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00.01 Programming for Artists Syllabus

Programming for Artists Syllabus

Course Information

Course Number: SEM 233

Department: Sculpture + Expanded Media

Room: 212H Cleveland Institute of Art

Time: Fridays 9:30 am - 11:45 am + 2:00 pm - 4:15 pm

Faculty: Jimmy Kuehnle -

Office Hours: By appointment

Semester: Spring 2024

Canvas Course Pageexternal link

Course Websiteexternal link

Course Description

This course focuses on using custom software as a medium for making art. No prior programming knowledge is necessary. Students will learn about the history, theory, and practice of software arts, as well as the fundamentals of programming through creative exercises. In this class, we will explore the computer enthusiast’s notion of hacking as an experimental approach to technology. We will examine existing technologies and find new or extended ways to apply them in creative practice. Students will receive instructions and one-on-one guidance on how to alter existing computer programs to new purposes. They will also learn how to create artworks with custom human-to-computer interfaces that allow viewers to experience and interact with. Works made in this class may include interactive video projection, interactive sound works, expanded gaming environments, video and audio synthesis, and generative drawing and painting realized as animation or digital prints.

Course Goals and Learning Objectives

Upon completion of the course, students will have to opportunity to:

  • Develop thought and dialog about programming as an art practice, and the related history of new media and current emerging media arts.
  • Gain a working understanding of programming fundamentals and the use of micro-controllers and sensors as they relate to creating responsive art and design projects.
  • Produce a finished working project, ready to show, by the end of the semester.
  • Learn the fundamentals of programming through generative exercises of increasing complexity.
  • Learn to synthesize and manipulate of sound.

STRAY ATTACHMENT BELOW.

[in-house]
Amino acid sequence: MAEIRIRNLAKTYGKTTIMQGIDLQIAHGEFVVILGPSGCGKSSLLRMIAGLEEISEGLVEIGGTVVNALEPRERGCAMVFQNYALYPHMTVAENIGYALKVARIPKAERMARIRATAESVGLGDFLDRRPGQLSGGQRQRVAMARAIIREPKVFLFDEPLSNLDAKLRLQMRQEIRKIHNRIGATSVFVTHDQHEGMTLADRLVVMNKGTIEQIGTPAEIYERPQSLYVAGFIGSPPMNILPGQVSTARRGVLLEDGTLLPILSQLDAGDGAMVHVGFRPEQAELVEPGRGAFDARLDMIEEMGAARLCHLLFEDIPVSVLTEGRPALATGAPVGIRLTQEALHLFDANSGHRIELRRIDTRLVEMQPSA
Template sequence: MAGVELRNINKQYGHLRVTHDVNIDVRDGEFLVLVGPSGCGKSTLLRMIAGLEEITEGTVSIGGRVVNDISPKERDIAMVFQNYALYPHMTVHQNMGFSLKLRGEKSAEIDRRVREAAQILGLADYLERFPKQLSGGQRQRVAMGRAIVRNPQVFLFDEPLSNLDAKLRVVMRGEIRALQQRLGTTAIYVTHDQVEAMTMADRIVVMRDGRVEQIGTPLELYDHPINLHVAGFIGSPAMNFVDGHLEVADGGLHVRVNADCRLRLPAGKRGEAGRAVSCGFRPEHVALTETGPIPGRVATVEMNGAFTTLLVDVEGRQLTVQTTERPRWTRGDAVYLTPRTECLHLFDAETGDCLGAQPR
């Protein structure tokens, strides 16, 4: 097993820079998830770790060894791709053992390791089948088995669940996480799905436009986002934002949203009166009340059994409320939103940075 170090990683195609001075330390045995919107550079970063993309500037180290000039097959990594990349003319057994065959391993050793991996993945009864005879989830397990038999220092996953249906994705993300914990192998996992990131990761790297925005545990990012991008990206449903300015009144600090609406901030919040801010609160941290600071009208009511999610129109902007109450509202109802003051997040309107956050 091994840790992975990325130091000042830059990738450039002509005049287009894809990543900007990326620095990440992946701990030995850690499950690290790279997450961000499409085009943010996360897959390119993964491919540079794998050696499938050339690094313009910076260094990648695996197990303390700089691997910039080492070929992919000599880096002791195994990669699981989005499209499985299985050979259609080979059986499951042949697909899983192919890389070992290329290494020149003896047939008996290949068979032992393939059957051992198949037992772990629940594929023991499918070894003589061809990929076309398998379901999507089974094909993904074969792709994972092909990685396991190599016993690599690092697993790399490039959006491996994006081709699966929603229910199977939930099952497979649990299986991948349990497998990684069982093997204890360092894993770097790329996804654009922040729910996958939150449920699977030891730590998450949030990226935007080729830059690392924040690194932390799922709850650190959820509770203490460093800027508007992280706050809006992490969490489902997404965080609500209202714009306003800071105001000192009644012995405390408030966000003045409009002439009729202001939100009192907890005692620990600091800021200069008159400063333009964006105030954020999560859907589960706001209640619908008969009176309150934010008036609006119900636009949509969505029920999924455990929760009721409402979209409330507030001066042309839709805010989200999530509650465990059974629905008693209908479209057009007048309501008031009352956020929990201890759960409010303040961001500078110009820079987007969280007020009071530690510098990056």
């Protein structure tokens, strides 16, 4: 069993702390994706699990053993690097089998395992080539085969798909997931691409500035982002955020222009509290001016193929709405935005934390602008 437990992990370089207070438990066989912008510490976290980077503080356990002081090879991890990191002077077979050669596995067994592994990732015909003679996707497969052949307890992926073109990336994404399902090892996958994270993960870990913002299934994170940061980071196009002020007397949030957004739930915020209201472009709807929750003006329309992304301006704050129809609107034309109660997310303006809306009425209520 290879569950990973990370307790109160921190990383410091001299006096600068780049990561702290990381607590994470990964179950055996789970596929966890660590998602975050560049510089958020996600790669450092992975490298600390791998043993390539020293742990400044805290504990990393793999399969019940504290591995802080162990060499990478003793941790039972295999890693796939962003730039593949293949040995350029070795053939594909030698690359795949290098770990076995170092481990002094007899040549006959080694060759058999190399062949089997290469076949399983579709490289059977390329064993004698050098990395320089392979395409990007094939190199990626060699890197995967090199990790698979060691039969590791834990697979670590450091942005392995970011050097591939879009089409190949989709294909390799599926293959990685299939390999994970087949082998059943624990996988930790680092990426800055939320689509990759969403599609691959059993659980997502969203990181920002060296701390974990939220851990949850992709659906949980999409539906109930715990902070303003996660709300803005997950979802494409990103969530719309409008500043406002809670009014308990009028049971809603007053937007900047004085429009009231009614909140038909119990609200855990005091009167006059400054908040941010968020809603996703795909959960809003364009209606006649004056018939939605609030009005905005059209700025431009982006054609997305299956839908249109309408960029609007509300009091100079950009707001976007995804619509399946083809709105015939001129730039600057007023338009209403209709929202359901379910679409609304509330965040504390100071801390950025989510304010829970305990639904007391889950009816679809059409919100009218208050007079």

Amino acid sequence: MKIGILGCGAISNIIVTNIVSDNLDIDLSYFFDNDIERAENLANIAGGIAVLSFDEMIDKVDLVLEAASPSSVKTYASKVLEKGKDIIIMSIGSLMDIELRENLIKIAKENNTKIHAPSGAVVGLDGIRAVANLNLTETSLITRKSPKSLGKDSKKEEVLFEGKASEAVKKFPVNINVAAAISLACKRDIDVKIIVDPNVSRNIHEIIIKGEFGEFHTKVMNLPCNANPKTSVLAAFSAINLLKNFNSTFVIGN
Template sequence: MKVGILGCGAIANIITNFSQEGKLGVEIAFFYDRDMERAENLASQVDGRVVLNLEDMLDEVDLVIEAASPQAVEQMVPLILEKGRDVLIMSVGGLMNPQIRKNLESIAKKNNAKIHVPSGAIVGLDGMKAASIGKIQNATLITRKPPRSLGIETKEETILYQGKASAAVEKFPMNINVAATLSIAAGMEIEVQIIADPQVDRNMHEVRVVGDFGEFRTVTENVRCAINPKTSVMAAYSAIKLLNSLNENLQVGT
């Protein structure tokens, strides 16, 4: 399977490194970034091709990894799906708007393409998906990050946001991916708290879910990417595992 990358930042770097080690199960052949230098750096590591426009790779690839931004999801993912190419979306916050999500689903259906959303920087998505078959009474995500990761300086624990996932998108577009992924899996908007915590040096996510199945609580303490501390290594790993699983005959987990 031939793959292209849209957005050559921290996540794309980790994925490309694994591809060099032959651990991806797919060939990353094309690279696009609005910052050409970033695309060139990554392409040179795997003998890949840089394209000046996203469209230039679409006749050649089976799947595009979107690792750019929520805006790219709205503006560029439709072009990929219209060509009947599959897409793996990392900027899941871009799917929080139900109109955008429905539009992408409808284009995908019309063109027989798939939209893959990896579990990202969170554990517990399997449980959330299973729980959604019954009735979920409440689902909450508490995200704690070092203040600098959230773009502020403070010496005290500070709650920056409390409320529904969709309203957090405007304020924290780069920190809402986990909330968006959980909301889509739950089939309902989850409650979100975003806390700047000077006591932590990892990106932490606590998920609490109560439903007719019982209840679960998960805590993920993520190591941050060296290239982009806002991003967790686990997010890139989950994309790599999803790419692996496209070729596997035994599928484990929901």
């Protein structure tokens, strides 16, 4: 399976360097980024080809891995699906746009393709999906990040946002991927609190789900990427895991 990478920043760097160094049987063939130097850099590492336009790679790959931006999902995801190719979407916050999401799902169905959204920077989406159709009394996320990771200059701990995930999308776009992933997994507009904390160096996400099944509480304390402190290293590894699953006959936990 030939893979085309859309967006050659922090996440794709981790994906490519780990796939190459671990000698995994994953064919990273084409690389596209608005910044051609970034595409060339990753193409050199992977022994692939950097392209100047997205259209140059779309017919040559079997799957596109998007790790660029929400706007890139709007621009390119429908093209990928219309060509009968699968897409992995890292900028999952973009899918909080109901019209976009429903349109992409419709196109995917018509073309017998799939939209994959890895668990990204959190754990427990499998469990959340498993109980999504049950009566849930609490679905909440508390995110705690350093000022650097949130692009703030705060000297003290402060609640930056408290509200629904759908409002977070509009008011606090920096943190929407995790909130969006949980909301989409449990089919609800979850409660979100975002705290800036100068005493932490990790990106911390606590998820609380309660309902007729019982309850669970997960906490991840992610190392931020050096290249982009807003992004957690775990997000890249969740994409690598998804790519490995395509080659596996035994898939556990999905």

• Produce interactive projects that combine responsive sound and animations.
  • Use microcontrollers and sensors in responsive sound and image systems.
  • Integrate responsive video, using both pre-recorded clips and live cameras.
  • Use basic computer vision as it relates to the use of motion tracking, color tracking, face and shape recognition in the context of installation art.

Course Topics

  • History, theory, and practice of software arts
  • Fundamentals of programming
  • Hacking as an experimental approach to technology
  • Human-to-computer interfaces
  • Interactive Video Projection
  • Interactive Sound Works
  • Expanded Gaming Environments
  • Video and Audio Synthesis
  • Generative drawing and painting
  • Artificial Intelligence
  • Machine Learning

Course Organization / Method of Instruction

  • This course has 4.5 hours of regularly scheduled instructional time. In addition to the regularly scheduled instructional time, you’ll need to plan on 4 to 6 hours of homework time for each of your classes.
  • This course is a combination of studio work as well as lecture, group dialogue, critiques etc.
  • Projects will sometimes have in-progress reviews in addition to critiques when the projects are finished. The Instructor as well as students participate in the critiques. This takes time and is part of the studio learning experience and a big part of the course.
  • Students must avoid behavior that disrupts the learning process, or that otherwise may be offensive to classmates, or that is disrespectful to the instructor.